Samir Mody
Senior Manager, K7TCL

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March 3rd, 2016

Continuing our series on cyber security, following the fifth part on Social Networking, this blog post aims to initiate the readers on the what, where and how of Digital Signatures in information security.


A digital signature is a method of authenticating both the source and the content of any form of electronic data/message. When validated the recipient of the signed electronic data/message can be confident of the integrity of the content, i.e. it hasn’t been altered in any form during transit, and that the sender is the person or entity that signed the content.

Source: https://www.esignit.org/NewEsignit/images/Digital%20authentication%20process.jpg

Digital signatures are based on asymmetric cryptography; a complex mathematical scheme involving a set of public, i.e. freely distributable, and private (aka ‘secret’) encryption keys is employed to create a secure channel for transmission of data across any network. If deployed correctly the receiver can believe that the data/message is perfectly authentic, and the sender cannot claim that it was fraudulent/forged unless the sender admits that their private key has been stolen and misused.

A basic example of usage of a digital signature would be an e-receipt for an online transaction, such as for an online insurance premium payment for which the insurance company could issue a digitally signed receipt from a specific person in that organisation. This receipt would normally require a signature by hand if done as a physical paper transaction. This method of digital authentication will become more and more prevalent as organisations move away from paper documentation.

Digital signatures are also used in digital certificates that are issued to entities that seek them. A digital certificate is like an identity card issued to an entity by a “Certification Authority” (CA), e.g. VeriSign. The certificate contains information about the entity that has been vetted by the CA, the entity’s public key, the CA’s name and the CA’s digital signature.

Since CAs are meant to carefully vet entities before issuing them certificates for a price, typically from INR 50,000 (USD 800) to INR 100,000 (USD 1500) for a period ranging from 1 year to 3 years for an EV (Extended Validity) Cert, digitally signed files are accorded an enhanced trustworthiness. Windows identifies likely safe or harmless files based on the validity of digital signatures on files that are executed on the OS using pre-populated trusted certificates in its certificate repository. Windows employs UAC (User Access Control) mechanisms to prevent malicious files from executing automatically. Files that have digital signatures from Microsoft can suppress UAC while other signers need to be authorized for execution on ‘first run’.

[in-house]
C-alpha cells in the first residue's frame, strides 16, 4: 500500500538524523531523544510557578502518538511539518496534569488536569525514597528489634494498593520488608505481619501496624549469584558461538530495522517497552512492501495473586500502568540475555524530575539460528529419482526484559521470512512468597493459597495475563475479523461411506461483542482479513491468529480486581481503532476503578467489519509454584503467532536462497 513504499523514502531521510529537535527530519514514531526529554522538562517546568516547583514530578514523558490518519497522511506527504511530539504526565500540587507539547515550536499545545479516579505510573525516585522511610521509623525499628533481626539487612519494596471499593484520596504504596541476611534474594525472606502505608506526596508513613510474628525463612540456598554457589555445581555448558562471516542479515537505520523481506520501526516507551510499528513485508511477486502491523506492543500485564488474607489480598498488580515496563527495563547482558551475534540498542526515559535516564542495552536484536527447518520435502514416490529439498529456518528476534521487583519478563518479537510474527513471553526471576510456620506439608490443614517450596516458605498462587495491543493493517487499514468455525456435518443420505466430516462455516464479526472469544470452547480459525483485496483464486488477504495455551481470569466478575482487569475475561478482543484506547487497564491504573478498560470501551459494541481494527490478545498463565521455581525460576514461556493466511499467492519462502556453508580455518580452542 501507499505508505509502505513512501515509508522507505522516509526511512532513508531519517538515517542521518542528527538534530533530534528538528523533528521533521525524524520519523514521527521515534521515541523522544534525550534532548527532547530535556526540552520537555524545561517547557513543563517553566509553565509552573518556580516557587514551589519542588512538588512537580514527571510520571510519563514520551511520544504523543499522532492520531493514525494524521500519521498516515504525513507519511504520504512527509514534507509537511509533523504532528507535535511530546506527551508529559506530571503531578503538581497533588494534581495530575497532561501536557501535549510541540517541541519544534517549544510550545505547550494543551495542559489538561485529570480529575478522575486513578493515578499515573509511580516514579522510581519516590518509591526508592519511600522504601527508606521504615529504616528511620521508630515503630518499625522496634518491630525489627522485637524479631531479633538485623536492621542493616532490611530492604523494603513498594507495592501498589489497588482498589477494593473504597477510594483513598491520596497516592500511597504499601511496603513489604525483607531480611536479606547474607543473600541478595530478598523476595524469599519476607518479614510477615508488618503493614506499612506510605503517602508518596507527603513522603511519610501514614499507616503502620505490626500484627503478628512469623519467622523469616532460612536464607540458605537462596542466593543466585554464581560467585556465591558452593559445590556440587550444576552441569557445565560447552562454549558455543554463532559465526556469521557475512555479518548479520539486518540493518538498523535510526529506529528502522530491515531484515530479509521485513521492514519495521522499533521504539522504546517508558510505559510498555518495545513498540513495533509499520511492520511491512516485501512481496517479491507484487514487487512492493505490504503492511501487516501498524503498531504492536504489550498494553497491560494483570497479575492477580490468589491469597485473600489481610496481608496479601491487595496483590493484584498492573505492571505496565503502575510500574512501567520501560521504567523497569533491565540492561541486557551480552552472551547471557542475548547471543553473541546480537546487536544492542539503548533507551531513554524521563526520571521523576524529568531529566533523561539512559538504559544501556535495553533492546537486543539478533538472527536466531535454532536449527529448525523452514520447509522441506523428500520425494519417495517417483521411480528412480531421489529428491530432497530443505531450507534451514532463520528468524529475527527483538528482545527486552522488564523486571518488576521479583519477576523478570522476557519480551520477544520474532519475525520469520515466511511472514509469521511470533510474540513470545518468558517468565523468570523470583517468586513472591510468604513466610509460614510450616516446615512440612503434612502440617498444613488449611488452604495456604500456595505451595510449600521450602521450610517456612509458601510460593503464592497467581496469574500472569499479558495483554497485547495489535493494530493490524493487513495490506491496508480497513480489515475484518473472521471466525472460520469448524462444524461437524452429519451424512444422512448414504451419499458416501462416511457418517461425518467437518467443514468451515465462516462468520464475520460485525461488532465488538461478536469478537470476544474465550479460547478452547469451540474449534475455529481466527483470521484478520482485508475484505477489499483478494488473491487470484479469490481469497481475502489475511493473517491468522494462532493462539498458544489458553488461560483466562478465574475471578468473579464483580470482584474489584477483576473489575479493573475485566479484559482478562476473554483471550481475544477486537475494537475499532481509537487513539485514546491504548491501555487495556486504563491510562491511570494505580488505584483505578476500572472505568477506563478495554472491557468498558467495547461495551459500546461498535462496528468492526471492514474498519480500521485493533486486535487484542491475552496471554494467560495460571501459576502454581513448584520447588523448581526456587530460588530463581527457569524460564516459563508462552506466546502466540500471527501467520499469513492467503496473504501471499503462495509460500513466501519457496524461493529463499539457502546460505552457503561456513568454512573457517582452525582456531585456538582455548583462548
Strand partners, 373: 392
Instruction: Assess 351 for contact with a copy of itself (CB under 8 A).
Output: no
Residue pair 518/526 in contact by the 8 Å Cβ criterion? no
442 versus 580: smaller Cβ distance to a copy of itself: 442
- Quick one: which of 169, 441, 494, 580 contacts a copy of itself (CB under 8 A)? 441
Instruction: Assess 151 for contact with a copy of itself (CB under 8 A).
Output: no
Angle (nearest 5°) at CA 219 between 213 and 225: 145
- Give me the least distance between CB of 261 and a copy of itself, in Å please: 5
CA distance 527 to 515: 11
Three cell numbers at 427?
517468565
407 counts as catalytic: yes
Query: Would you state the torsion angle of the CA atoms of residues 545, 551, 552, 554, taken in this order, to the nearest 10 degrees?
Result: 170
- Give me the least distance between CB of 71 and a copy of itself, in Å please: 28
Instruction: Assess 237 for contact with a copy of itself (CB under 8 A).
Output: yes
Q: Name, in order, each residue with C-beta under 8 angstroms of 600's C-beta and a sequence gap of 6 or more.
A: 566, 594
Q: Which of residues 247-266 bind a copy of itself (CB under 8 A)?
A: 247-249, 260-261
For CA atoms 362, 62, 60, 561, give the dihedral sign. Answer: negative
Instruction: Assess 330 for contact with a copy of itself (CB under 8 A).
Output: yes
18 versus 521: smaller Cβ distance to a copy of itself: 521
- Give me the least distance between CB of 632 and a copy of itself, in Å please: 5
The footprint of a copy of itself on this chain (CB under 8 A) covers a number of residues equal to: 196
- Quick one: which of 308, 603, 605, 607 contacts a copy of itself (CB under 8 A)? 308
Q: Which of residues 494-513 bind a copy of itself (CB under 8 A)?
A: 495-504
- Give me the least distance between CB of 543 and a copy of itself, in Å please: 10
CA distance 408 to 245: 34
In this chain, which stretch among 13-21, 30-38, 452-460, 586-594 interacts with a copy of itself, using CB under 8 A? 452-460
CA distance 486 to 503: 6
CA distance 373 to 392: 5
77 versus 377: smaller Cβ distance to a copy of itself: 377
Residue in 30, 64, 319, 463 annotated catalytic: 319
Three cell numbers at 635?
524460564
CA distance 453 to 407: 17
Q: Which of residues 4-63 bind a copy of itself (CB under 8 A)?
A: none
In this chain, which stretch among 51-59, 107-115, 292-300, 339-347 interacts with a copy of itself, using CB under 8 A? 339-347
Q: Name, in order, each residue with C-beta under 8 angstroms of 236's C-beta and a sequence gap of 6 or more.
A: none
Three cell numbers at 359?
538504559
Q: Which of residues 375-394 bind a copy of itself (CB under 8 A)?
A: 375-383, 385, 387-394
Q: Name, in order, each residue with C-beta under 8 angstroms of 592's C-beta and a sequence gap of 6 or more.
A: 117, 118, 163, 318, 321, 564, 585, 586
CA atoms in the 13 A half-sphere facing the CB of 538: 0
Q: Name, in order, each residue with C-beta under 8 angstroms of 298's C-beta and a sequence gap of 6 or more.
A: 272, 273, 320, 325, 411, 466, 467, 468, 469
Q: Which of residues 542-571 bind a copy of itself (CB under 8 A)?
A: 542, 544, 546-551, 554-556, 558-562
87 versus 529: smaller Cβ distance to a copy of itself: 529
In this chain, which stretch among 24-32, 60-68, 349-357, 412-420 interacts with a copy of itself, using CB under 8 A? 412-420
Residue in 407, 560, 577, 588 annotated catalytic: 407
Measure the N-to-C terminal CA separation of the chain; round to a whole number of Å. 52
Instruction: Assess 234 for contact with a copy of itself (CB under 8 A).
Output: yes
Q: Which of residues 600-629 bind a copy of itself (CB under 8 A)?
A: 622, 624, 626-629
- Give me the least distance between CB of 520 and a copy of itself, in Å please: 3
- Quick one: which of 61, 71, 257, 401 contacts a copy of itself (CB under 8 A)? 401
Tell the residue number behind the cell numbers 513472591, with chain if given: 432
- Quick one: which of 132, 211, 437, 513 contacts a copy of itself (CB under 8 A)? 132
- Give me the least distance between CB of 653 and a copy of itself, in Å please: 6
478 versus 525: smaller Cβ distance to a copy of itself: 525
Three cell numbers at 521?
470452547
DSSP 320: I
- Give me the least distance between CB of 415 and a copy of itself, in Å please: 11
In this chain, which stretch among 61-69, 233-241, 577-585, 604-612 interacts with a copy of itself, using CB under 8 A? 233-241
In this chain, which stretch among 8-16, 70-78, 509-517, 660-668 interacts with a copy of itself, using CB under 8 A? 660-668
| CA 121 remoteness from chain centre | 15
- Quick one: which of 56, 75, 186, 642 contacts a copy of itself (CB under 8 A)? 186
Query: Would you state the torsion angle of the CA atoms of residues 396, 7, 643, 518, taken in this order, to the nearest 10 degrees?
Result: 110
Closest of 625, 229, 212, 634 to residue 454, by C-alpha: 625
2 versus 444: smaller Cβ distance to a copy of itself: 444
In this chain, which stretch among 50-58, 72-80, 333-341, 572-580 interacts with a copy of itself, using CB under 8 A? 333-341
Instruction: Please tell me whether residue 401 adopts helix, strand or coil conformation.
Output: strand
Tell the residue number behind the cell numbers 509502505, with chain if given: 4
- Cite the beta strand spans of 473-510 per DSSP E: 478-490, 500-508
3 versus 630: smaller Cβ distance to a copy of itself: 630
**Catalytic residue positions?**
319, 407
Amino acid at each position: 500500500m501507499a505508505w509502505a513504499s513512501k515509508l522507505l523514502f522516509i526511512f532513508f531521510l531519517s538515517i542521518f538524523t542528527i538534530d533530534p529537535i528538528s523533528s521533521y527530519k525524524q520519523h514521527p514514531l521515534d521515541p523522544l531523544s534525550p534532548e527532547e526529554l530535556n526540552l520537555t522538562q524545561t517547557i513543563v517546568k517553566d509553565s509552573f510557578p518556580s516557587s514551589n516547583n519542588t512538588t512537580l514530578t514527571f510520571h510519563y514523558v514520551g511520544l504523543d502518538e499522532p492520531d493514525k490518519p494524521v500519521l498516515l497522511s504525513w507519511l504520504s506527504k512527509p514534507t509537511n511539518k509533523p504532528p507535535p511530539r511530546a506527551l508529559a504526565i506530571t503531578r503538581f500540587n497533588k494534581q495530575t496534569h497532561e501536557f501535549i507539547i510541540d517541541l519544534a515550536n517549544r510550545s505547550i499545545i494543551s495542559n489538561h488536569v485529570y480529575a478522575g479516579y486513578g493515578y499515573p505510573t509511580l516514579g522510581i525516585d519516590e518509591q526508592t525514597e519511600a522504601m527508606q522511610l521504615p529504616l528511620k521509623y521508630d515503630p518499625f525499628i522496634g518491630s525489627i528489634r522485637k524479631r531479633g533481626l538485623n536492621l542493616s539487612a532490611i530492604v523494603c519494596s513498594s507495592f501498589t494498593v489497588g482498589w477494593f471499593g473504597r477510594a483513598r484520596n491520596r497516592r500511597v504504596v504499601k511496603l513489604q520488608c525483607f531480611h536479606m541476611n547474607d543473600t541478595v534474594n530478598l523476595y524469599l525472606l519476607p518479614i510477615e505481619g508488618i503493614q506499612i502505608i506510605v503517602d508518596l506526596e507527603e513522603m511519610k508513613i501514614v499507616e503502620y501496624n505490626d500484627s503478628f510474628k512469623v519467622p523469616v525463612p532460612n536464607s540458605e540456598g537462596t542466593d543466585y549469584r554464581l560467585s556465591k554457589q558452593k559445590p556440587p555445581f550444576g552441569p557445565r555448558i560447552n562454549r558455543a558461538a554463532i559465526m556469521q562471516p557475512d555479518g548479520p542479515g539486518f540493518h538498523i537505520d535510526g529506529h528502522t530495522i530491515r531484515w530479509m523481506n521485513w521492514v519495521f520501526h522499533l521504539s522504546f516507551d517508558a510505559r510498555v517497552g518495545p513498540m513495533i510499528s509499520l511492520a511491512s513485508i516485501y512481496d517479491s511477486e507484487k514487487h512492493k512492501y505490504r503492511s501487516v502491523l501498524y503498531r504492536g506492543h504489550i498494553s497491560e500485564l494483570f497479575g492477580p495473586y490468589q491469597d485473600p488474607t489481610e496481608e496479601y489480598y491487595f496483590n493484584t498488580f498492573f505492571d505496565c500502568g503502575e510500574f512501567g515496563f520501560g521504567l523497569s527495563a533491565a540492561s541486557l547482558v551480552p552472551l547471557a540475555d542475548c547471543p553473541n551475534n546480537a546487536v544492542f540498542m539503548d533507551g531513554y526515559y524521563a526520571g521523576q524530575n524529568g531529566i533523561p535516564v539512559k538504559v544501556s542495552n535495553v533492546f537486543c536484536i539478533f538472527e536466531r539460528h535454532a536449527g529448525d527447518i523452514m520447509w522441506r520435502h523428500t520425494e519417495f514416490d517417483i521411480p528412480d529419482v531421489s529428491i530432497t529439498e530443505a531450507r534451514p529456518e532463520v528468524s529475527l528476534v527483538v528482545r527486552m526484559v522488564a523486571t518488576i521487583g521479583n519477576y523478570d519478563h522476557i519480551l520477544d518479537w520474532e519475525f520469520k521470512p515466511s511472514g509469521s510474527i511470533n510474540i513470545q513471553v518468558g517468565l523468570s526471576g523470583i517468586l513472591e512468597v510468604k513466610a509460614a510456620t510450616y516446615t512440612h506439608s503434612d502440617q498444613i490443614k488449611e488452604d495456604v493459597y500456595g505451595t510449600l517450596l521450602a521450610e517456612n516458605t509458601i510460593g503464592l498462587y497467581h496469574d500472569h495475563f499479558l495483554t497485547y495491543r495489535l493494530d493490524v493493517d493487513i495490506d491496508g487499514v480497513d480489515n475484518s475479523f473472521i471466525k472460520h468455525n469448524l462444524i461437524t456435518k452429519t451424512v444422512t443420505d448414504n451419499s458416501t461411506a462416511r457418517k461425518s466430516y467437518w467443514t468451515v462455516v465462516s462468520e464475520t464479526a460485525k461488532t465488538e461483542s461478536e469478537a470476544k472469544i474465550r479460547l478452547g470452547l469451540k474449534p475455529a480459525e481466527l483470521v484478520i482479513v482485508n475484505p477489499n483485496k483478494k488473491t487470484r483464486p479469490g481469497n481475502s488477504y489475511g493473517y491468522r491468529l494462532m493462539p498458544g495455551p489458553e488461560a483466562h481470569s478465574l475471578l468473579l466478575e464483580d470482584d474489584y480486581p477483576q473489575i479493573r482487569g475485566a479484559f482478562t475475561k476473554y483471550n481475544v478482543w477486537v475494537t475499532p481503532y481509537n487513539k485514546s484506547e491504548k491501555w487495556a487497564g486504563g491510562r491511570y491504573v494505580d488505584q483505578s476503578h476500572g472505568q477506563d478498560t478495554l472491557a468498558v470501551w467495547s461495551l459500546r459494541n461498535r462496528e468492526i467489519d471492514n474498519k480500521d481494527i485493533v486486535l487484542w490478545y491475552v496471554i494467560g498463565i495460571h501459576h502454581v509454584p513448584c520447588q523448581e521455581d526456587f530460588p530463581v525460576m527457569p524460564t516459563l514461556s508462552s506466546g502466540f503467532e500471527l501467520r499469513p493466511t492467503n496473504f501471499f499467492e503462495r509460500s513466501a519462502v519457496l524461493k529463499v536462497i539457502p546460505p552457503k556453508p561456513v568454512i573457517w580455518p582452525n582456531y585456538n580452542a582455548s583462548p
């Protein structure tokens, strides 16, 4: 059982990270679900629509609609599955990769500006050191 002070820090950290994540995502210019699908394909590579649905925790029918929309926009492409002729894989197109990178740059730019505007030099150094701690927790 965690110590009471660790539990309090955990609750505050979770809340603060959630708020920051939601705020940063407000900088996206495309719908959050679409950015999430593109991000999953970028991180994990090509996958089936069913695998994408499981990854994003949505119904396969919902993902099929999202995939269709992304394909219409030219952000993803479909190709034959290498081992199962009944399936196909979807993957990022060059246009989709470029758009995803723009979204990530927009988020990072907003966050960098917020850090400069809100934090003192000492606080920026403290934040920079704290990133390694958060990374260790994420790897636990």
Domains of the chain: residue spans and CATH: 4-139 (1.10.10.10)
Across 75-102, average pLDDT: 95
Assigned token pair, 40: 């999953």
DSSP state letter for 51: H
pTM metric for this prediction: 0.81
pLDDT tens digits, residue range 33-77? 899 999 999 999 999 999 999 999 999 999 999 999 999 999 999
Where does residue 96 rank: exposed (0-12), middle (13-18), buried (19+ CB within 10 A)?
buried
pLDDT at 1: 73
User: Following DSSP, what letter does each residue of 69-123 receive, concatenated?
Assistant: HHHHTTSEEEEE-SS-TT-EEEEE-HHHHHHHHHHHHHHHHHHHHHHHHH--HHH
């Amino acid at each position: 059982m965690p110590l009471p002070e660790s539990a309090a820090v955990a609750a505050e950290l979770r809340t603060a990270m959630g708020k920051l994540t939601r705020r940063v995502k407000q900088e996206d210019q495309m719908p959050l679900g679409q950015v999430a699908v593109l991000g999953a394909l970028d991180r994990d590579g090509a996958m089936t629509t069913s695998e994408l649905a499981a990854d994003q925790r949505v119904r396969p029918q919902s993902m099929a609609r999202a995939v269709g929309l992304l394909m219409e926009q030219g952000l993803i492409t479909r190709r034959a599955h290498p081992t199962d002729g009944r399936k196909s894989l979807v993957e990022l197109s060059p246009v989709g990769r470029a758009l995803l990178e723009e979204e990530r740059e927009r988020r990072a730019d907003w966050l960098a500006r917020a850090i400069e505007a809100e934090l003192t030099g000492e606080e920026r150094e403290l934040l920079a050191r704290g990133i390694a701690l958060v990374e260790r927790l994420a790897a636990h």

Websites also use digital certificates for authentication, typically an SSL (Secure Socket Layer) certificate. There are various processes for certifying a website. It can be certified on the domain level based on the registration information or the respective organisation can be certified, which would follow a more manual process of scrutiny to check the authenticity of the organization, etc. An EV Cert however requires a higher level of scrutiny and background checks. If a website handles sensitive, personally identifiable information it should be a secure site with appropriately verified digital certificates.

As seen in the image above a digital certificate is not issued for eternity but only for a stipulated period of time. This is done to ensure that an organisation once legitimate remains legitimate to retain certificate renew rights. A CA could either choose to not issue a certificate to the organisation after the stipulated period is complete or, if the organisation has gone rogue, the CA could revoke the certificate during the validity period. A time limit on the validity of a certificate also reduces the potential damage which could be done if a certificate has been silently leaked, i.e. stolen, and is being used to sign malware.

Microsoft now employs a strict policy on what is allowed to be loaded into Windows kernel memory. Windows 10 strictly loads driver files if and only if they are signed by an EV certificate. An EV cert requires legal and human validation of the purchaser, and is a cert which fulfills the EV vetting criteria of the CA. This move should hopefully disrupt the kernel rootkit infection vector on Windows 10 machines.

Though digital signatures play a big part in securing digital content they too have their fair share of cases of abuse and misuse. A follow up to this blog post that discusses more about how digital signatures are misused can be expected in the near future … stay tuned.

…to part 7: (Frau)Duly Digi-Signed

Images courtesy of:
sslshopper.com
esignit.org

K7 Threat Control Lab